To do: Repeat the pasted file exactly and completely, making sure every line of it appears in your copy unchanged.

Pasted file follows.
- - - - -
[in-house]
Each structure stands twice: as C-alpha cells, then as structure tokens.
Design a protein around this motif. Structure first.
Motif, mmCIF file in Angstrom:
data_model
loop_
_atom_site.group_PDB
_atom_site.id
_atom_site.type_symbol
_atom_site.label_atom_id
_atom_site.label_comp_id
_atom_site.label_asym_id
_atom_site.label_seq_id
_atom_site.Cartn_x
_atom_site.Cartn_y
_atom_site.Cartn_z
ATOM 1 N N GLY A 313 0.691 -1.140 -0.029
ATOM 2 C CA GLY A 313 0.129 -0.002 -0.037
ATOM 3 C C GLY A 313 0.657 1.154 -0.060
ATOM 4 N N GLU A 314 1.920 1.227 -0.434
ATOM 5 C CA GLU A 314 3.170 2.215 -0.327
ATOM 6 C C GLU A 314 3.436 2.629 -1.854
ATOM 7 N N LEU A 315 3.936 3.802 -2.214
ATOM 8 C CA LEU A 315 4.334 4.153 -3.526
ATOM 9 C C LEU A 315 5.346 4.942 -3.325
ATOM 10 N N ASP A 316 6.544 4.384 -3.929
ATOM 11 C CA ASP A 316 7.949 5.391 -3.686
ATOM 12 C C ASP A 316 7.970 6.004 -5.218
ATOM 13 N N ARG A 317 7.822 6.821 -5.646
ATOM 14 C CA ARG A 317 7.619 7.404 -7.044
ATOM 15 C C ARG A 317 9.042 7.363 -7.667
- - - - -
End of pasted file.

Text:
[in-house]
Each structure stands twice: as C-alpha cells, then as structure tokens.
Design a protein around this motif. Structure first.
Motif, mmCIF file in Angstrom:
data_model
loop_
_atom_site.group_PDB
_atom_site.id
_atom_site.type_symbol
_atom_site.label_atom_id
_atom_site.label_comp_id
_atom_site.label_asym_id
_atom_site.label_seq_id
_atom_site.Cartn_x
_atom_site.Cartn_y
_atom_site.Cartn_z
ATOM 1 N N GLY A 313 0.691 -1.140 -0.029
ATOM 2 C CA GLY A 313 0.129 -0.002 -0.037
ATOM 3 C C GLY A 313 0.657 1.154 -0.060
ATOM 4 N N GLU A 314 1.920 1.227 -0.434
ATOM 5 C CA GLU A 314 3.170 2.215 -0.327
ATOM 6 C C GLU A 314 3.436 2.629 -1.854
ATOM 7 N N LEU A 315 3.936 3.802 -2.214
ATOM 8 C CA LEU A 315 4.334 4.153 -3.526
ATOM 9 C C LEU A 315 5.346 4.942 -3.325
ATOM 10 N N ASP A 316 6.544 4.384 -3.929
ATOM 11 C CA ASP A 316 7.949 5.391 -3.686
ATOM 12 C C ASP A 316 7.970 6.004 -5.218
ATOM 13 N N ARG A 317 7.822 6.821 -5.646
ATOM 14 C CA ARG A 317 7.619 7.404 -7.044
ATOM 15 C C ARG A 317 9.042 7.363 -7.667